by Ryan Sandrey
reviewed on PC
Wrestling for control (cntd)
The combat itself is also an awkward system, but it’s perfectly serviceable after a few times wrestling with getting your characters to attack who you wish them to attack. Outside of the normal battles, you are able to use Mors’s Skinchanger ability in order to control his trusted dog. If you are using him to track scents, or to rip the throats out of unsuspecting enemies it does make a welcome and unique change from what you usually see in games.
One of the most annoying things about Game of Thrones, however, is a change that isn’t a welcome one- broken, or glitched, set-pieces. Several times during the game, there were moments that inspired complete frustration, because the game throws almost insurmountable obstacles at you. The most notable is a situation where you’re defending a cottage from invading soldiers, and you have to stop them from battering down the doors and attacking your companion. This, as it turns out, was much easier said than done. As the mission evolved, you were alerted to the door where enemies were congregating. However, several times whilst engaging the assailants in combat, the door would be battered down with nobody near it. When such a glitch prompts a Game Over screen and forces you to replay a certain scenario many times, it’s utterly irritating.
It isn’t the only time when Game of Thrones stokes anger in the player, however. As you progress through the game, and begin to wrap up the storylines, the battles become completely unbalanced from enemy to enemy. Whilst supposedly elite soldier pose no real challenge, units as generally useless as archers and pyromancers become almost invincible to melee attacks. This creates an environment where more time is spent grinding your way through such fights rather than using any kind of skilled technique. It’s a real shame, because it sours the game.
A bard’s tale
However, despite the bad taste the set-pieces and combat leave, the story and the universe in which it takes place feel as incredible as the books. This feeling is an absolute necessity to keep Game of Thrones worth experiencing. Although relatively linear progression means you only visit a handful of the many famous cities of Westeros, there are occasions when you have to pinch yourself due to the fact you are exploring the Throne Room at King’s Landing, or when you are wandering around The Gift under the shadow of the Wall.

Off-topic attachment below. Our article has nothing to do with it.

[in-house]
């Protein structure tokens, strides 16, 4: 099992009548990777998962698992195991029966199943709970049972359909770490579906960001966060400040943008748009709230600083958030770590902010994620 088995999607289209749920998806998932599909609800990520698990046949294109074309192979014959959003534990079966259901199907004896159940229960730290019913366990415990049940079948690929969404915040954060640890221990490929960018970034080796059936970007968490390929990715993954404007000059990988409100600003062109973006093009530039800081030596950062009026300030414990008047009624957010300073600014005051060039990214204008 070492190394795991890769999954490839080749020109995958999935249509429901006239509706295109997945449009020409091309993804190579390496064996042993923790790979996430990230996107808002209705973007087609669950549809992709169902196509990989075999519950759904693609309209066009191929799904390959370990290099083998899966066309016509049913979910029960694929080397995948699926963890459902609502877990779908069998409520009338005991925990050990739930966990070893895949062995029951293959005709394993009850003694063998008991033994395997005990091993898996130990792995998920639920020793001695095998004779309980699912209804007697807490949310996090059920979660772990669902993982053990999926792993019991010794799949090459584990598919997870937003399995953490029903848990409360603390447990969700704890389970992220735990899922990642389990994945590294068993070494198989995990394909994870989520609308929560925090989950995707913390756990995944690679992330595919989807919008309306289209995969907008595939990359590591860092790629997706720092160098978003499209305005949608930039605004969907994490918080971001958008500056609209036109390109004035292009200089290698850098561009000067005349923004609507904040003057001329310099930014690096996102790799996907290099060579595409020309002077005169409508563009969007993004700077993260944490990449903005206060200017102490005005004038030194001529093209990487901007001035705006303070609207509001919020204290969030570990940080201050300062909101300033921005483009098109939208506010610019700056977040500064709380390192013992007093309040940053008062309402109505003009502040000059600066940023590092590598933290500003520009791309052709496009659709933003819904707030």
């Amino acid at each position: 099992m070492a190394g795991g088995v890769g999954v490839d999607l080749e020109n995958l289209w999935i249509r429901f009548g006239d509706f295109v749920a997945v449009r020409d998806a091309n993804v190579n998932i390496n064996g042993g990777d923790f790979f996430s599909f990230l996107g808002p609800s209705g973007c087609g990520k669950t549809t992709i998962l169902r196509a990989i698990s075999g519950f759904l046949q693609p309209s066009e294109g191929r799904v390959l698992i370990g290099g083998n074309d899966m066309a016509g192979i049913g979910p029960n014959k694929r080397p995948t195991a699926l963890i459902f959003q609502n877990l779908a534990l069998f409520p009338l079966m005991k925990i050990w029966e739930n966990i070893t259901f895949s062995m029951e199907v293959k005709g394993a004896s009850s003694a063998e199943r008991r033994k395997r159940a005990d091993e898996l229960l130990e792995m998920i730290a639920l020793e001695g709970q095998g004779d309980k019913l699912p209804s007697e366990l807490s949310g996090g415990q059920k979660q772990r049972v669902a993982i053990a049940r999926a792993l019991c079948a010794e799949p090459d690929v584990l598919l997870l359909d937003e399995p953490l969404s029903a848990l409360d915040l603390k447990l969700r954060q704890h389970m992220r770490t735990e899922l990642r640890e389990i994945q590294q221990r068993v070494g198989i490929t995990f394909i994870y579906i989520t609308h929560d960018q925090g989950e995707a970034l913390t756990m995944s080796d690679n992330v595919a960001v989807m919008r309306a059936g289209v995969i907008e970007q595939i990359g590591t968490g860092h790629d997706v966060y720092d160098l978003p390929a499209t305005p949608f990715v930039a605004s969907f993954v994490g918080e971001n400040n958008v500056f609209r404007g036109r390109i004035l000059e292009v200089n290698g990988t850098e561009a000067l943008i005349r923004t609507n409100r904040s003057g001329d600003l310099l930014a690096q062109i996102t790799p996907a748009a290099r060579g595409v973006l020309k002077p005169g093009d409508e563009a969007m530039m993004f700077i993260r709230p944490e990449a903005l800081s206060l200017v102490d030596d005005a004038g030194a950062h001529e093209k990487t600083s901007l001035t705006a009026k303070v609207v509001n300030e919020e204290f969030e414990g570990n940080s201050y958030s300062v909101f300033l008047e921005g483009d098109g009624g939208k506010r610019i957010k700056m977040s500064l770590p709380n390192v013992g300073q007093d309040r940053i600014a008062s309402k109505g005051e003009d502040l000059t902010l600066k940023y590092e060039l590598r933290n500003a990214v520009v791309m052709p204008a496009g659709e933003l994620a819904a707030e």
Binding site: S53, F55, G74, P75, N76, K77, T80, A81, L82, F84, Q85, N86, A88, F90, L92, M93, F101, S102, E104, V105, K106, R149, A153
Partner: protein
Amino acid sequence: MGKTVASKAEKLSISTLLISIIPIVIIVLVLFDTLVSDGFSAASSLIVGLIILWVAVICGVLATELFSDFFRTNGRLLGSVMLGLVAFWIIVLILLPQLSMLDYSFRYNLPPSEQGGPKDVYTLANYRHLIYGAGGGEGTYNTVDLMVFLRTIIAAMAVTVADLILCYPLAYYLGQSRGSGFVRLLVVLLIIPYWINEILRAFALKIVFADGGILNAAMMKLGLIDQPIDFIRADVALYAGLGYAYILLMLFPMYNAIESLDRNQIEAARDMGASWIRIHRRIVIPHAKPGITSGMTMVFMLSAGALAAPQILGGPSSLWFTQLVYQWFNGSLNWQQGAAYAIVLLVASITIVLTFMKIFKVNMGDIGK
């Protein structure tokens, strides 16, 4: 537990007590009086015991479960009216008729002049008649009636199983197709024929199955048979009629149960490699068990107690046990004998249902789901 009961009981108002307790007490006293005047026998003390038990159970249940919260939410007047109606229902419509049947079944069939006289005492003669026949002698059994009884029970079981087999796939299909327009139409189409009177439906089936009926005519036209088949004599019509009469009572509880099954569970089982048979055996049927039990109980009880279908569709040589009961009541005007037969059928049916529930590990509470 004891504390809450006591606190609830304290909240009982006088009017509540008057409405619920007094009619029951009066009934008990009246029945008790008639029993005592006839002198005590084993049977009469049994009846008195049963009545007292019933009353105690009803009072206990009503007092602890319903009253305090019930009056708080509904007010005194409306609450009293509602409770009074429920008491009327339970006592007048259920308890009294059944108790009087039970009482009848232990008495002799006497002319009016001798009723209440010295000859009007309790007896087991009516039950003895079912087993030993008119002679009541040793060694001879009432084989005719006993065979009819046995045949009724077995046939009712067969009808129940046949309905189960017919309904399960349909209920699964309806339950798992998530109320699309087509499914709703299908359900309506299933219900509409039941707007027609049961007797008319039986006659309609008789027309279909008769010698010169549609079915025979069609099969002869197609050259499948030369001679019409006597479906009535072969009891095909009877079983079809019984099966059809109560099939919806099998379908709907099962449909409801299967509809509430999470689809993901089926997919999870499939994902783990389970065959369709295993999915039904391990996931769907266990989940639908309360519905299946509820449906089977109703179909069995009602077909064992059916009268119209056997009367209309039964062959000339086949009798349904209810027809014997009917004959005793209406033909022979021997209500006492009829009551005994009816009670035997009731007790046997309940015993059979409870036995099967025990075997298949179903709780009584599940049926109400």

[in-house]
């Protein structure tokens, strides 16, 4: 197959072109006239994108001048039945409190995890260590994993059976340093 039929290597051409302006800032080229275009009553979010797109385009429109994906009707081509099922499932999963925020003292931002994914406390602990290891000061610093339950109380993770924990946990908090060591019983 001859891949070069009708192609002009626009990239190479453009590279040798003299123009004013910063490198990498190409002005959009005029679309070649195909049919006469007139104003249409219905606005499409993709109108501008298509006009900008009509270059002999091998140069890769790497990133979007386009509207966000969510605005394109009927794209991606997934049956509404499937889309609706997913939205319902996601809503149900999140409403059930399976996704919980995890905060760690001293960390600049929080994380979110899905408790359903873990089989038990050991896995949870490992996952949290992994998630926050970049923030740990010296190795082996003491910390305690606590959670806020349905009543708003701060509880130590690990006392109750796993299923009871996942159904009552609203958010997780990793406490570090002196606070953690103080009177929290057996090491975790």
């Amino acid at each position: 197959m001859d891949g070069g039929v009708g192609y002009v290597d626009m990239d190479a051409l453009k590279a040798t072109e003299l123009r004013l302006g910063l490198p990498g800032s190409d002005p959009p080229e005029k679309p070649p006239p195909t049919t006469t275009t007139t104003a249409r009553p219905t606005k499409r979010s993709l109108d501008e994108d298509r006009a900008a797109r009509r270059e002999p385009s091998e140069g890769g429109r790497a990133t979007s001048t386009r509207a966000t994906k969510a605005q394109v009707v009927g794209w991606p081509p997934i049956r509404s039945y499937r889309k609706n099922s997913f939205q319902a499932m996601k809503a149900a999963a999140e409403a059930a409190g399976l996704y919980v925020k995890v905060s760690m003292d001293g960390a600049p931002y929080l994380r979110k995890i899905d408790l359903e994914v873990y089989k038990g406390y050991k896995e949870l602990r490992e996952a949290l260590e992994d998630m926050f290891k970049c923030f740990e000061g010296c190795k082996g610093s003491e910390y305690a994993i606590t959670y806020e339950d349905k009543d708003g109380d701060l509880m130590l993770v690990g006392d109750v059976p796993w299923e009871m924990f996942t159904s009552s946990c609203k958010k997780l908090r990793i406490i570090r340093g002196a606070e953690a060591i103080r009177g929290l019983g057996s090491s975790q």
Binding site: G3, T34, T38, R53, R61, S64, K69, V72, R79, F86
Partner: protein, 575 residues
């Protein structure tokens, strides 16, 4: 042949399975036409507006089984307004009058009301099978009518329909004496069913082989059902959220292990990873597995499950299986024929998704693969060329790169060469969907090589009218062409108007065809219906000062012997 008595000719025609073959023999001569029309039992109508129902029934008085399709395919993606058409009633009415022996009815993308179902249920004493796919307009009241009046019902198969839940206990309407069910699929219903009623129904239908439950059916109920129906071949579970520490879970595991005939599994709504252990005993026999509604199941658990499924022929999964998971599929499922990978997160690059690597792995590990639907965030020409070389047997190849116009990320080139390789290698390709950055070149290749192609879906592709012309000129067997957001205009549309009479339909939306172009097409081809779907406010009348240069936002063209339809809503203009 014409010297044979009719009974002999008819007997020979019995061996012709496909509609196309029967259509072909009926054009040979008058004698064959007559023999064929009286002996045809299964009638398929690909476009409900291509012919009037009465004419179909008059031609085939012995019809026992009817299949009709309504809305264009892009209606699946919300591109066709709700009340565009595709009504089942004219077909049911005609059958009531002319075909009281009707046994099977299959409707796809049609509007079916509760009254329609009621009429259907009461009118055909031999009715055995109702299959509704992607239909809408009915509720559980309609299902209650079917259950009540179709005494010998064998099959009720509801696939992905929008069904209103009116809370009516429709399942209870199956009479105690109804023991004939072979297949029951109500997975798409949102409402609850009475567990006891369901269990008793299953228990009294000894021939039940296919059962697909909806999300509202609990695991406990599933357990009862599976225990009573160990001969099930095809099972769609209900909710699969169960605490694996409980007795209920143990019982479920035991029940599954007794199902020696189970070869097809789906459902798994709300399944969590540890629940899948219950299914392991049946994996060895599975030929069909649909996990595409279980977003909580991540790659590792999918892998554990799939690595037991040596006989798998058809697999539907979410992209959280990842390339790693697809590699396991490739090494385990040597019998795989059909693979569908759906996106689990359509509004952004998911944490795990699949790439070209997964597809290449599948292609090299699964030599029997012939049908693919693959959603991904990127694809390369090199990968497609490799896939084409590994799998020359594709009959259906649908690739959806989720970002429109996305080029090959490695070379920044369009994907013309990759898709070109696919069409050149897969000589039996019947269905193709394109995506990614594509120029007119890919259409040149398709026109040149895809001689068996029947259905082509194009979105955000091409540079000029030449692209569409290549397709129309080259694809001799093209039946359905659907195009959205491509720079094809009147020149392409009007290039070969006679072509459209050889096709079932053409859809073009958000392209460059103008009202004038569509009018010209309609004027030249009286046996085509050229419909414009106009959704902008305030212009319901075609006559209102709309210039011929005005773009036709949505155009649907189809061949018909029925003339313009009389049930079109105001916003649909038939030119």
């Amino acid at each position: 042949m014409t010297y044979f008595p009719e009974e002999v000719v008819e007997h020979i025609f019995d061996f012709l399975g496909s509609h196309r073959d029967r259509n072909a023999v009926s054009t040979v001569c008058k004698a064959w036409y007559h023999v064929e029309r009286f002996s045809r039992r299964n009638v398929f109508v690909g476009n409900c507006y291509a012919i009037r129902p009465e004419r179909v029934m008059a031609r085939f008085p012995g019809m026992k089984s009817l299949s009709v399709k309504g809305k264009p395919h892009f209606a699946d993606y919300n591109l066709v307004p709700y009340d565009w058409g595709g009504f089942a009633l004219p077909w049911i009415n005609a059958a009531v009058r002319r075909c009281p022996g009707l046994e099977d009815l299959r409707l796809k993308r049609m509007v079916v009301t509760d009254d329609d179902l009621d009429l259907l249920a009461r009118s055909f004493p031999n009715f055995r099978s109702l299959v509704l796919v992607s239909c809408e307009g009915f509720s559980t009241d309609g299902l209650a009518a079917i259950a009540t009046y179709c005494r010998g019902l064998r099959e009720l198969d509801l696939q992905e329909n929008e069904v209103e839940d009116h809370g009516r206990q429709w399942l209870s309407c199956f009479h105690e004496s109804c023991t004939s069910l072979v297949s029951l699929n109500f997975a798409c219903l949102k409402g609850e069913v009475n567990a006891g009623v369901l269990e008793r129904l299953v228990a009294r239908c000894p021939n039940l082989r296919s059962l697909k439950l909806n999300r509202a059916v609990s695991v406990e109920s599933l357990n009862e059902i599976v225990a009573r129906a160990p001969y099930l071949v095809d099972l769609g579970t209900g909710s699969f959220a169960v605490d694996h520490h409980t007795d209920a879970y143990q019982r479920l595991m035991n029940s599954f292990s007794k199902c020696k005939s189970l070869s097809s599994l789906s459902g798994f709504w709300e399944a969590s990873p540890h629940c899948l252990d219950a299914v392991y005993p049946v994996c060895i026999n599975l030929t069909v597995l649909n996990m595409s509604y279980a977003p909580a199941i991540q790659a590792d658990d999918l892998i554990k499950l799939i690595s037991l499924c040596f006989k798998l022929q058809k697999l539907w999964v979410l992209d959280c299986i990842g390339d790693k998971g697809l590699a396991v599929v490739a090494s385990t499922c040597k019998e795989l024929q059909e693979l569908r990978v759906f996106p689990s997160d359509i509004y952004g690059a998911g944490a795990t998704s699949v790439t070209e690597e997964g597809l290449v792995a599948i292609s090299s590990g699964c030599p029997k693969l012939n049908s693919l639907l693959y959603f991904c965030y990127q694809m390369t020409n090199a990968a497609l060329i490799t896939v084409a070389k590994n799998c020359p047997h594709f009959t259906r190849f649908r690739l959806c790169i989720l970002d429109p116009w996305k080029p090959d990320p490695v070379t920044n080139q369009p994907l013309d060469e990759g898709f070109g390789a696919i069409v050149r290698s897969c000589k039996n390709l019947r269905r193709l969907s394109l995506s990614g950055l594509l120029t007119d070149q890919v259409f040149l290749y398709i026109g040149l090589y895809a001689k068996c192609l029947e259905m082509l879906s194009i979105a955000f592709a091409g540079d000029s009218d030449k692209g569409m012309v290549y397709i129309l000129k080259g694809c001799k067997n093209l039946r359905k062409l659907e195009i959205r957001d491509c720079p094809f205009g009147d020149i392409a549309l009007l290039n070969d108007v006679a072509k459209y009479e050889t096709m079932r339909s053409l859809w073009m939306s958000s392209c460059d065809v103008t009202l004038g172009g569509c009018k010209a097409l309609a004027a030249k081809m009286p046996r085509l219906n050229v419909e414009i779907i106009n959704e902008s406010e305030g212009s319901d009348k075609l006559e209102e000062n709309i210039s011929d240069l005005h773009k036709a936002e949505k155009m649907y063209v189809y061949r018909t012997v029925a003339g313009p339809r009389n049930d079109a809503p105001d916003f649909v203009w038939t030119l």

The main bulk of the game’s hook is definitely within the intertwining tales of Alester and Mors, however. With relatively few side-quests until the later chapters of the game, it is left to the main story to carry the bulk of your 20 hours spent in Westeros. It’s lucky, therefore, that the choices you make throughout the game really do make a difference to how you progress and how the game ends. One of the main ways Game of Thrones does this is by affecting what traits you gain along the way. Making the right decisions at the right time can give you bonuses in combat.
Although that is one way to change your character’s abilities, there are still normal methods of levelling up and selecting new powers from skill trees to allow you to really make Alester and Mors excellent fighters. If you are unhappy with the class you chose at the beginning, you can adjust your skills throughout the game in order to counter that. This includes, when reaching a certain level, the ability to unlock a new skill tree. All in all, Game of Thrones allows a considerable amount of growth for your characters, and it’s great to see.
Do my eyes deceive me?
What isn’t so great to see is the game itself. Although the graphics on the PC version are relatively decent, there are a few problems with dodgy animations and blurry textures that mean the game looks as dated as some of the game mechanics. The overall presentation itself betrays the game’s low budget – the stilted voice actors that voice the characters who haven’t appeared in the TV series can begin to grate. Luckily, every now and then there is a cameo from someone like Varys the Spider or Commander Mormont, voiced by their TV counterparts, which breaks the monotony.
Overall, Game of Thrones is a surprising title. Not because the game’s low budget shows through in the presentation, but because the story itself is so memorable. Considering tie-ins to television series and movies are generally poorly written affairs, Cyanide have broke the mould with a gripping and interesting story that slots nicely into the lore of Westeros. If you’re a fan of the TV series, or the books, then Game of Thrones is an excellent game to fill the long wait for the next series, provided you can look past some of its exasperating shortcomings. You should look past them, because once you do, you find an enthralling experience underneath. It’s just a shame that the game is too irritating at times to let you truly enjoy it.
Gripping story and excellent atmosphere.
Annoying combat, poor presentation and irritating set-pieces.